For decades they punched the clock, brought home good paycheques, saved and planned for retirement. But now thousands of older workers across Canada are finding themselves on unemployment lines.
Layoffs, the recession and the decline of the manufacturing sector have shattered their dreams of a comfortable and early retirement. These days, finding a job when you’re over 50 poses big, and sometimes insurmountable, challenges.
What's on The Sunday Edition
Laura Lynch hosts the Nov. 3 broadcast on CBC radio:
- Eleanor Catton: The Man Booker prize-winner on literary success, instant celebrity, and her novel, "The Luminaries."
- Senate scandal: Queens University political scientist Ned Franks.
- NoViolet Bulawayo’s novel tells the story of the children who are the most poignant victims of the ruined state of Zimbabwe.
- If the Northern Gateway pipeline is approved, tanker ships will pass through a maze of islands of fragile beauty, risking catastrophic oil spills.
- The Massey Murder: Charlotte Gray brings us a true-crime tale.
In Kitchener, Ont., the unemployment rate for workers over 50 now sits at 7.3 per cent — almost double what it was a year ago. The region has seen major layoffs in high-tech industries, including major local employer Blackberry. Several major factories that offered high-paying jobs have closed in recent years.
Many of those laid-off workers are now part of a special program at The Working Centre, a multiservice agency in downtown Kitchener. The Targeted Initiative for Older Workers – TIOW - offers specialized job search help for workers such as Joseph Bach, who lost his job as a technical writer after 25 years.
“The people I’ve been talking to, they just seem to be looking for younger workers,” he said. “On the phone they were ecstatic; they couldn’t wait to get me in for an interview. When I walked through the door you could almost see the looks on their faces, ‘Oh, he’s old.’ My in-person interview didn’t even last 15 minutes and I was out the door.”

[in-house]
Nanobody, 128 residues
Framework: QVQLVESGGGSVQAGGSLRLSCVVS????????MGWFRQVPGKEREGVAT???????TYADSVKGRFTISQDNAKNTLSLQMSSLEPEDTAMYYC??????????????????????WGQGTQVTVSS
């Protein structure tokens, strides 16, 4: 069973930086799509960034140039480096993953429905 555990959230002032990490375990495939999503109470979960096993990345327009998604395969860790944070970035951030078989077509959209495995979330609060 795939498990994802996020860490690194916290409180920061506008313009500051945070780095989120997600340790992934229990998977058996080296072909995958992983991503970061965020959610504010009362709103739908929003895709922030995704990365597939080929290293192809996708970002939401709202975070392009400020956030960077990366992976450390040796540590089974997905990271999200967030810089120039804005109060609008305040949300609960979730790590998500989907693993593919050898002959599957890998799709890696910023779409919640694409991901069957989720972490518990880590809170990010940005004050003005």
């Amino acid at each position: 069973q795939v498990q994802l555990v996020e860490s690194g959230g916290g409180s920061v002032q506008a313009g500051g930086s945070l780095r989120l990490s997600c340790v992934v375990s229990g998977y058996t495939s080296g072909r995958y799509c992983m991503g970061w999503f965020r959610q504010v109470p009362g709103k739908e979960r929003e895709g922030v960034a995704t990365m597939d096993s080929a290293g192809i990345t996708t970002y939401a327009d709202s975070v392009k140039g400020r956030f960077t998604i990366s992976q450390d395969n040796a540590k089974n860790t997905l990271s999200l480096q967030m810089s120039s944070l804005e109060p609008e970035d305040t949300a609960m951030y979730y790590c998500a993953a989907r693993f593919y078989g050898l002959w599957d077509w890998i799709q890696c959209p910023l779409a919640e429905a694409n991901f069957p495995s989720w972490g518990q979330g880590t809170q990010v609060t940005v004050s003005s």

Bach, 62, is married with three children. Since losing his job he has faced bankruptcy. His wife now works two jobs and he’s been filling in a few hours a week in a grocery store for minimum wage – all in an attempt to pay the bills and pay off debt.
“I honestly expected to be retired by the time I hit 62,” he said. “My plan right now is hopefully to retire by the time I’m 95, it’s just not going to happen I think.”
More than 200 people have taken the TIOW program at the Kitchener Working Centre in the past year; about two-thirds have managed to land jobs. The program offers specific strategies for older workers. They include: don’t mention your age, play down your years of experience and play up your enthusiasm; search out companies that have hired older workers by checking their website for photos of employees with grey hair; sit in their parking lots and quiz those workers about their jobs when they finish up their day.
For many, it’s counter-intuitive and a hard sell. After all experience is supposed to count. But in an age when computers, not people, sift through hundreds of applications for a single job, it’s important older workers target their resumes and include keywords, said Debbie Lowes, an employment counsellor with the TIOW program.
“They come with so much experience, you hear their background and you think how could they not be working?” she said. “They suffer from self-esteem and real money matters and family matters as well … so there’s a lot going on. It’s not just the job search; it’s the feelings that come with it.”
On The Sunday Edition on Nov. 3, Maureen Brosnahan talks to three of those workers along with the counsellors and others in the TIOW program. Listen here to her documentary, Freedom 95, in the link at the top of this page or on The Sunday Edition's website.